Endothelium. As shown in diagram form on the left side in Figure 5, reactive oxygen species (ROS) are generated after AGE binding to endothelial cells where they activate the free radical-sensitive transcription factor NFkB, a multi-faceted coordinator of numerous "response-to-injury" genes. These AGE-induced changes are involved in the modification of thrombomodulin and tissue factor production. These alterations prompt two cumulative pro-coagulant changes in the endothelial membrane. Concurrently, these AGE-induced alterations in endothelial cell function favor thrombus formation at sites of extracellular AGE accumulation.


Figure 5. Advanced glycation products: Role of receptors. Many cells bear receptors that recognize AGE. This diagram delineates some of the effects of this interaction with regards to microangiopathy. See text for further details.

The colocalization of receptors and AGEs at the microvascular sites of injury suggests that their interaction may play a significant role in the pathogenesis of diabetic vascular lesions.

Mesangial cells in kidney glomeruli. AGE receptors have also been described on glomerular mesangial cells (Figure 6). AGE protein binding to their receptors on mesangial cells stimulates platelet-derived growth factor secretion, which in turn mediates mesangial expansion. In vivo, chronic administration of AGEs to otherwise healthy and euglycemic rats leads to focal glomerulosclerosis, mesangial expansion, and proteinuria, the hallmarks of diabetic microangiopathy. A similar reaction occurs when Amadori-modified albumin is injected.


Figure 6. Receptors for advanced glycation products in kidney. Mesangial cells carry receptors that recognize AGE. This diagram depicts current knowledge on the effects of this interaction with regards to nephropathy. See text for further details.


Intracellular glycation: methylglyoxal, deoxyglucosone


 AGEs also form on cell proteins in vivo. More so, they also form on DNA in vitro. The formation of AGEs is now also known to result from the action of various metabolites other than glucose, which are primarily located intracellularly and participate in the Maillard reaction at a much faster rate, such as fructose, trioses and dicarbonyl compounds, such as methylglyoxal and deoxyglucosone.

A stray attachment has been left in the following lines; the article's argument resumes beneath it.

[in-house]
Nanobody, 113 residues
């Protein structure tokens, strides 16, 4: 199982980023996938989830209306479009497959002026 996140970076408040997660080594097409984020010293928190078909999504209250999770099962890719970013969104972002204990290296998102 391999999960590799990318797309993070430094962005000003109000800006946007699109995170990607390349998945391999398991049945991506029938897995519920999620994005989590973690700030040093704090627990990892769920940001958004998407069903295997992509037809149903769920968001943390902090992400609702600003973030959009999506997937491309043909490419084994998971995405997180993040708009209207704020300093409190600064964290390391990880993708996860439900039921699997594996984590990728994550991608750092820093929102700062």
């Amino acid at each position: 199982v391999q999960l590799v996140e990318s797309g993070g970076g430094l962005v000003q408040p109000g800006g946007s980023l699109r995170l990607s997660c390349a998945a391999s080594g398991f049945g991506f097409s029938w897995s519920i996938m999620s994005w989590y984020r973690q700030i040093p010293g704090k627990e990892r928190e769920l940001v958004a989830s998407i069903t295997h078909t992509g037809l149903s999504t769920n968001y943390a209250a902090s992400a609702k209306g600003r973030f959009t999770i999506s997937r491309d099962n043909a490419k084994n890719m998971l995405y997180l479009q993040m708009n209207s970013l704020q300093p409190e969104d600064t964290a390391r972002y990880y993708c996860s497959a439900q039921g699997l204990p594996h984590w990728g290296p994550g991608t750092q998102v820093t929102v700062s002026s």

If AGEs also form on DNA in vivo, deleterious effects on gene expression may occur and intracellular AGE formation on cell proteins may thus, in turn, affect DNA function. Histones from the liver of rats after only one month of hyperglycemia showed AGE levels three-fold higher than those of their age-matched controls, and accumulation of AGEs on histones increased with the duration of the disease. This suggests a possible role for intracellular glycation in the increased teratogeny associated with diabetes mellitus.


Glycation and the other 3 pathways linked to hyperglycemia-induced damage may be linked in a unifying hypothesis put forward by Brownlee. This hypothesis suggests these biochemical pathways all arise from a single hyperglycemia-induced process, the overproduction of toxic "free radicals" produced by mitochondria acting on glyceraldehydes-3-phosphate dehydrogenase. Normalizing the levels of these excess free radicals inhibits the pathways through which cell damage occurs, and that all of these pathways can be activated, even in the presence of normal glucose levels, simply by using molecular genetic techniques to shut down the key enzyme that high glucose turns off.


 Glycation beyond glucose: ‘second generation’ glycating agents (Figure 7 and 8)



Figure 7. Advanced glycation peptides are metabolized by the kidney. AGE- peptides circulate and are filtered in the glomeruli. This diagram summarizes results on this pathway generated in our laboratory. See text for further details.



Figure 8. Advanced glycation products are metabolized to small peptides. AGE- peptides circulate and modify plasma and other proteins. This diagram summarizes in a schematic fashion current hypothesis on their metabolisms generated by several laboratories including ours. See text for further details.

Glycation by glucose is relatively slow if compared with many other monosaccharides. The emergence of glucose as the main circulating monosaccharide has indeed been proposed as an evolutionary advantage of higher forms of life: i.e. we have the least toxic sugar in our circulation. Low molecular weight peptides containing AGE circulate at increased levels in plasma from diabetic and kidney failure patients. These catabolic fractions of AGE-modified proteins bear dicarbonyl Maillard reaction intermediates, which are a much more aggressive menace to plasma and tissue proteins as compared to the role formerly attributed to glucose. Therefore, plasma proteins can become glycated by glucose itself or by the more potent ‘second generation’ or ‘elaborated’ agents.